# Teaching Bayes: A Binomial-Beta Lab with Solutions

Rebecca C. Steorts
June 11, 2016

### Beta-Bernoulli model

Recall the Beta-Bernoulli model: $X\mid \theta \sim \text{Bernoulli}(\theta)$ $\theta \sim \text{Beta}(a,b)$ where $$a,b$$ are fixed parameters.

Goals:

• Let's determine whether the probability that a worker will fake an illness is truly 1\%. Your task is to assist me!
• Let's outline our tasks and then solve them.

• Simulate some data using the \textsf{rbinom} function of size $$n = 100$$ and probability equal to 1\%.
• In order to replicate results, let's set our seed using \textsf{set.seed(123)}.

• Write a function that takes as its inputs the data you simulated above and a sequence of $$\theta$$ values of length 1000 and produces Likelihood values based on the Binomial Likelihood.
• Plot your sequence and its corresponding Likelihood function.

• Write a function that takes as its inputs prior parameters \textsf{a} and \textsf{b} for the Beta-Bernoulli model and the observed data, and produces the posterior parameters you need for the model.
• Generate the posterior parameters for a non-informative prior i.e. \textsf{(a,b) = (1,1)} and for an informative case \textsf{(a,b) = (3,1)}.

• Create two plots, one for the informative and one for the non-informative case to show the posterior distribution and superimpose the prior distributions on each along with the likelihood.
• What do you see? (Remember to turn the y-axis ticks off since superimposing may make the scale non-sense).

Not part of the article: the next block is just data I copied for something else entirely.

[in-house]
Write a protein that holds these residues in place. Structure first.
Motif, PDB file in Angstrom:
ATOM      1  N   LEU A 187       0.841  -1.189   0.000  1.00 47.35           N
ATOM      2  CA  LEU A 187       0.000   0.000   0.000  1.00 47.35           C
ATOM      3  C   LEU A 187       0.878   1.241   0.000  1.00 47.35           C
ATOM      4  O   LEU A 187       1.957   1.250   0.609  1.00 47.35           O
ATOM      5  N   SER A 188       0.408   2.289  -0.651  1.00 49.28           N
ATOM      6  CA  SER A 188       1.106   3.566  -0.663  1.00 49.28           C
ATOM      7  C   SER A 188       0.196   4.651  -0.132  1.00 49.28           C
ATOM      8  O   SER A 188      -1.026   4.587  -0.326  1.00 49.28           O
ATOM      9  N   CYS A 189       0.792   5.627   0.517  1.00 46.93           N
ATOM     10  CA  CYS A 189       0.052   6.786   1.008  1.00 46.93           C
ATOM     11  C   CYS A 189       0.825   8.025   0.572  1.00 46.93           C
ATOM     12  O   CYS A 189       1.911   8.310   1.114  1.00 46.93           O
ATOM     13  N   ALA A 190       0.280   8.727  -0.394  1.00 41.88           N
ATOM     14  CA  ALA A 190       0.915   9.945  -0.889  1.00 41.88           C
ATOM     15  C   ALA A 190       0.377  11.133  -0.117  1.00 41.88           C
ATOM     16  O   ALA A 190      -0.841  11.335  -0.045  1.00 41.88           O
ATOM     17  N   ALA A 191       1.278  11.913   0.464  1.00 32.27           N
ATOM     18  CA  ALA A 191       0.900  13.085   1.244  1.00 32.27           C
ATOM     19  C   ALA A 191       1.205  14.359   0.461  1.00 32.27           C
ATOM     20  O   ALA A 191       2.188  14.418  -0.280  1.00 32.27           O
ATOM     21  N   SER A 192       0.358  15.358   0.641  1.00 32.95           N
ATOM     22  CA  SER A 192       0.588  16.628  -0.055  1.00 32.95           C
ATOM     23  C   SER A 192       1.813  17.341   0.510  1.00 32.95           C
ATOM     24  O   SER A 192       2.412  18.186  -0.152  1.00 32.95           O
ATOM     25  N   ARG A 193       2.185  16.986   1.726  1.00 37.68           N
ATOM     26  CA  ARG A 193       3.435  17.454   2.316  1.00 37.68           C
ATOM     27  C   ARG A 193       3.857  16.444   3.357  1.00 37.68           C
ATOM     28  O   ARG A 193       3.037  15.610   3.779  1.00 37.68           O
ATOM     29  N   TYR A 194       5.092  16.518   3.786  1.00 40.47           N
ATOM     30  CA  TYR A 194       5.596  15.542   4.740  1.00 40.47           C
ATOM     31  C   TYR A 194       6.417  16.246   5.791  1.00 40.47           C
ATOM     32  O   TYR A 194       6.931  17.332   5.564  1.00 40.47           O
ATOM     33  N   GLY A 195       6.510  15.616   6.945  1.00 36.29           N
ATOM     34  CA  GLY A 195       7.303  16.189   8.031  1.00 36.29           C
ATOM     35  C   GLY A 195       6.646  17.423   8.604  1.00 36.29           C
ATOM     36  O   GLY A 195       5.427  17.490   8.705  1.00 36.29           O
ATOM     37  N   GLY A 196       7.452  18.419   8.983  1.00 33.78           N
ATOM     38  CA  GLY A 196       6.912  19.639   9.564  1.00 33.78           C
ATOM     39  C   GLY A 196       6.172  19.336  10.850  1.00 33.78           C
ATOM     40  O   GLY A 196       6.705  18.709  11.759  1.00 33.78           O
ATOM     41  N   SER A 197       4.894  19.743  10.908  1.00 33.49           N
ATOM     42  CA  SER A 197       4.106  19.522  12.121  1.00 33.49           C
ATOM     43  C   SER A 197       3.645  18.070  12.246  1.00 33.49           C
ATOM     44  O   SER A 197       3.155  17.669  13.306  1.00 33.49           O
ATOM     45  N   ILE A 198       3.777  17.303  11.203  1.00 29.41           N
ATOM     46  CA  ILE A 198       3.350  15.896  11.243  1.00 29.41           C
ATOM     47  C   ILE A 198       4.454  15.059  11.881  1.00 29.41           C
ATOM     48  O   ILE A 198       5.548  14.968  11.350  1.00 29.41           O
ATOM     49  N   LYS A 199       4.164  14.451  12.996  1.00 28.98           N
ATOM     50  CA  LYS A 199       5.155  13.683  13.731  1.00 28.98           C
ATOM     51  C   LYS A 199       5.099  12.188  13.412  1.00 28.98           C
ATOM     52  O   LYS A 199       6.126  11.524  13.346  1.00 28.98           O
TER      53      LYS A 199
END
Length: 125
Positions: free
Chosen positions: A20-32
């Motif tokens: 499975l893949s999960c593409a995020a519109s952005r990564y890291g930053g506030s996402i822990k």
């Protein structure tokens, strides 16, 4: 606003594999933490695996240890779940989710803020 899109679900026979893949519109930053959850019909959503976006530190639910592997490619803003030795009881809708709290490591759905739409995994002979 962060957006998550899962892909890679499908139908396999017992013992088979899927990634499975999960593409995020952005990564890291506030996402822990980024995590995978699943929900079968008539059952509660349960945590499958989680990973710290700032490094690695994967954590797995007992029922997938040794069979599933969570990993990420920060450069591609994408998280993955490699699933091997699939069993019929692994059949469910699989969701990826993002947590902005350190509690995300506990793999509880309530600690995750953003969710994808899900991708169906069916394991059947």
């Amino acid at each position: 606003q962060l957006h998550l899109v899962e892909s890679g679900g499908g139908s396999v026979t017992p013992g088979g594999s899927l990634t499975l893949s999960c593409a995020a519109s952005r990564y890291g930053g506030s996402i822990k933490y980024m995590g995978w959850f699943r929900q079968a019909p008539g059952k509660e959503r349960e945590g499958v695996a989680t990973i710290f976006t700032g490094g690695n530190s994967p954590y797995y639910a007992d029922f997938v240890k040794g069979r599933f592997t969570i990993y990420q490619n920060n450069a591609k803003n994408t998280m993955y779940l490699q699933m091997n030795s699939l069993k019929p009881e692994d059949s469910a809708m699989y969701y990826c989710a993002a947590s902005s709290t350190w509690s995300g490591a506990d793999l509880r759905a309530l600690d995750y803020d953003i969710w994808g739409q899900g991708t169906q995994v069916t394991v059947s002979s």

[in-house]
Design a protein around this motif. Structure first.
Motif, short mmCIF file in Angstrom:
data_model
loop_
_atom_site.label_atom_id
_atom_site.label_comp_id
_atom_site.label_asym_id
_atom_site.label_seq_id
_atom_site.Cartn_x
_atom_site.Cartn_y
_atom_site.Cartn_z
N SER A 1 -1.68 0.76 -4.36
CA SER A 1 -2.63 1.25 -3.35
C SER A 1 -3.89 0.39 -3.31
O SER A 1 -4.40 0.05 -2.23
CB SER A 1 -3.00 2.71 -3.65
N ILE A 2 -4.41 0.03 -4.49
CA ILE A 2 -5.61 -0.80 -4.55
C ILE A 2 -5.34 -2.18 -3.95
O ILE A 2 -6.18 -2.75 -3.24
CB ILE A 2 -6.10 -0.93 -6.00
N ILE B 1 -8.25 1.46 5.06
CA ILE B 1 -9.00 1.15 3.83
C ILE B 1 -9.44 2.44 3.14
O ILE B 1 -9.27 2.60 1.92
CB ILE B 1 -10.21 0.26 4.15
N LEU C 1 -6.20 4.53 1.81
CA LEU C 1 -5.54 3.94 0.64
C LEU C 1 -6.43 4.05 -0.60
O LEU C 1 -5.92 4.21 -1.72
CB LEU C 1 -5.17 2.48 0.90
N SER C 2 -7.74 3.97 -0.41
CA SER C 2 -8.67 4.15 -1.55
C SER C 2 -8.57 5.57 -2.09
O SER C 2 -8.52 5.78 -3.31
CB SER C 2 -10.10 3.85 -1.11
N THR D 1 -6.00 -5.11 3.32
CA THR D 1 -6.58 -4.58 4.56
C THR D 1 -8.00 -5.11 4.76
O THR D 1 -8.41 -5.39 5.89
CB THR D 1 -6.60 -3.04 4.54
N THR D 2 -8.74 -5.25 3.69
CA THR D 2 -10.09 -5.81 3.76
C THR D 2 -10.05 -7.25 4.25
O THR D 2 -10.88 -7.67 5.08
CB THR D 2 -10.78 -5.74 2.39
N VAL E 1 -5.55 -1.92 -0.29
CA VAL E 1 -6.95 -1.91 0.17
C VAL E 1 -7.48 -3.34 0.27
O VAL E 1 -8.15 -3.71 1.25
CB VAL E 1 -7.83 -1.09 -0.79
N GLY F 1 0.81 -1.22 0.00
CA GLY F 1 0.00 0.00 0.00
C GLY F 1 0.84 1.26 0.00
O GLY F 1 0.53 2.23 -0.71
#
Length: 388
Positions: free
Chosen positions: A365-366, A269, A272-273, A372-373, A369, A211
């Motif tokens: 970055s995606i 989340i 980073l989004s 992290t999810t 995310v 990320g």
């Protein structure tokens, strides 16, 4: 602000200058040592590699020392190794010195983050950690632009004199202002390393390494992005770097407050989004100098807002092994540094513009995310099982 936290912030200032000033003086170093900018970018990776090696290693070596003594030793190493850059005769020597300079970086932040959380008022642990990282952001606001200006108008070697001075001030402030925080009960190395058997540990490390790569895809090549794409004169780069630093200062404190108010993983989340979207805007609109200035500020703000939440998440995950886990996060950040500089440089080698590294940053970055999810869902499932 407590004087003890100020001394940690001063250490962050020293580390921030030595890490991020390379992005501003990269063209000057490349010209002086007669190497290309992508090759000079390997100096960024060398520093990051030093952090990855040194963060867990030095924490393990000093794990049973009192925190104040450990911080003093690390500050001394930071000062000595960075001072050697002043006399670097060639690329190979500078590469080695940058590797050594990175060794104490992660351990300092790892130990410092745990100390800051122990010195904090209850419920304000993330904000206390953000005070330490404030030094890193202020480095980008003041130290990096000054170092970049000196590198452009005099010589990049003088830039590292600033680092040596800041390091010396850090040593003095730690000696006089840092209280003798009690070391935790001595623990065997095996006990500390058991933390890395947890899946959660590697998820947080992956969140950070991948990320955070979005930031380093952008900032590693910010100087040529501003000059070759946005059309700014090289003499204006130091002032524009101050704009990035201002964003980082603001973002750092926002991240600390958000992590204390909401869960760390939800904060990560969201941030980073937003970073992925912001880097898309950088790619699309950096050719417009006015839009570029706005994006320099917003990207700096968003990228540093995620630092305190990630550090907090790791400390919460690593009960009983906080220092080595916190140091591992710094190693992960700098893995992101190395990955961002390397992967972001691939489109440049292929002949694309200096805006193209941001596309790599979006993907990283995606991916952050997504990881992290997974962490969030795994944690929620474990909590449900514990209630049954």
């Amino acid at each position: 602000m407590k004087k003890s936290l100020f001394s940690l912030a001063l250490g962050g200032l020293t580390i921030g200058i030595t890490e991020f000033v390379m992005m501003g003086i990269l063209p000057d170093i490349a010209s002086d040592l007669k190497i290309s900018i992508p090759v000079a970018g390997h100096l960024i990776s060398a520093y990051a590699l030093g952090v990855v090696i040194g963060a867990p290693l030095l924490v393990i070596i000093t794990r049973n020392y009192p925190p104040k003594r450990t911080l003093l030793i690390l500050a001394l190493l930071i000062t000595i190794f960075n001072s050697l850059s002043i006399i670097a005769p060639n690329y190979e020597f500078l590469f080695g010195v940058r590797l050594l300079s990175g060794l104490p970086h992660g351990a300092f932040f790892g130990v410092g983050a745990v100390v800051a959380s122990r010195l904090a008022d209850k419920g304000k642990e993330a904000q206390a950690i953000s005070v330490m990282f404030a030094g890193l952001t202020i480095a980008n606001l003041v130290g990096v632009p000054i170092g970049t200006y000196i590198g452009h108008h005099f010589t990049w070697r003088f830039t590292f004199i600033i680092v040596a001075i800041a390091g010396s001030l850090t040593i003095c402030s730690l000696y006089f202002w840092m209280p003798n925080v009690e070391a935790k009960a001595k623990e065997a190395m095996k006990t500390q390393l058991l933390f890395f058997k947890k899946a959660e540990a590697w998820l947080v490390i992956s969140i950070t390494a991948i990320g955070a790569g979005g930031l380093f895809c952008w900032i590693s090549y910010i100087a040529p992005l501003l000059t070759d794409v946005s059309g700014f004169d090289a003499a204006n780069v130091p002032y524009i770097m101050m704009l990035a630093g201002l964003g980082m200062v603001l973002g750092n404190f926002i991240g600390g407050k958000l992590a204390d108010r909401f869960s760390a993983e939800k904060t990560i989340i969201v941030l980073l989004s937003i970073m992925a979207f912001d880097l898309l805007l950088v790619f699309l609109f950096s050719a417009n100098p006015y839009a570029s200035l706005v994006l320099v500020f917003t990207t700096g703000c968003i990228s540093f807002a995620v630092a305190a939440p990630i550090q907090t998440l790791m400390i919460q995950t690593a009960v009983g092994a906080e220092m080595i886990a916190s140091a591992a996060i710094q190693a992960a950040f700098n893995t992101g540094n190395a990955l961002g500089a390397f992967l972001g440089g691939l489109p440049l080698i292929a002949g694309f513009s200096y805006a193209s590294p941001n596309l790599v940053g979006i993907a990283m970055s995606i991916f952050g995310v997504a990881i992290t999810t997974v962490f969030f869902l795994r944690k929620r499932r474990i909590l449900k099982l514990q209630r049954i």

• Based on the informative case, generate a 95\% credible interval with 1000 posterior draws and a 95\% confidence interval for your parameter of interest, and use \textsf{xtable} to output these. What is the problem?
• Based on the data you simulated, do you conclude that the true value higher or lower than 1\%?

### Recap

Let's review the tasks and break them down into the most important information in each task.

• Simulate input data using the Beta-Bernoulli model
• $$n=100$$,
• $$p=0.01$$,
• Set a seed.

### Task 2: Plot Binomial LH

• Write a function called \textrf{myBernLH}.
• Inputs = simualted data and sequence of $$\theta$$ values with length 1000.
• Output: Likelihood values based upon the Binomial likelihood.
• Plot the Binomial likelihood as a function of $$\theta.$$

• Write a function called \textrf{myPosteriorParam}.
• Let the input parameters be \textrf{a,b} and the simulated input data.
• The output should be the posterior parameter for the Beta-Bernoulli model.
• Generate the posterior parameters for $$(a,b) = (1,1)$$ and $$(3,1).$$

• Create two plots based upon task 3 showing the posterior distributions.
• Show these distributions on the same plot with the likelihood.
• What do you observe?

• Based on the informative case for $$a,b$$ generate a 95 percent credible interval with 1000 posterior draws and a 95 percent confidence interval for your parameter of interest.
• What is the problem?
• Based on your simulated data, do you conclude that the true value is higher or lower thatn 1 percent?

### Solutions

We now provide solutions to the five tasks.

The data can be simulated as follows:

set.seed(123)
obs.data <- rbinom(n = 100, size = 1, prob = 0.01)


### Task 2: Plot Binomial LH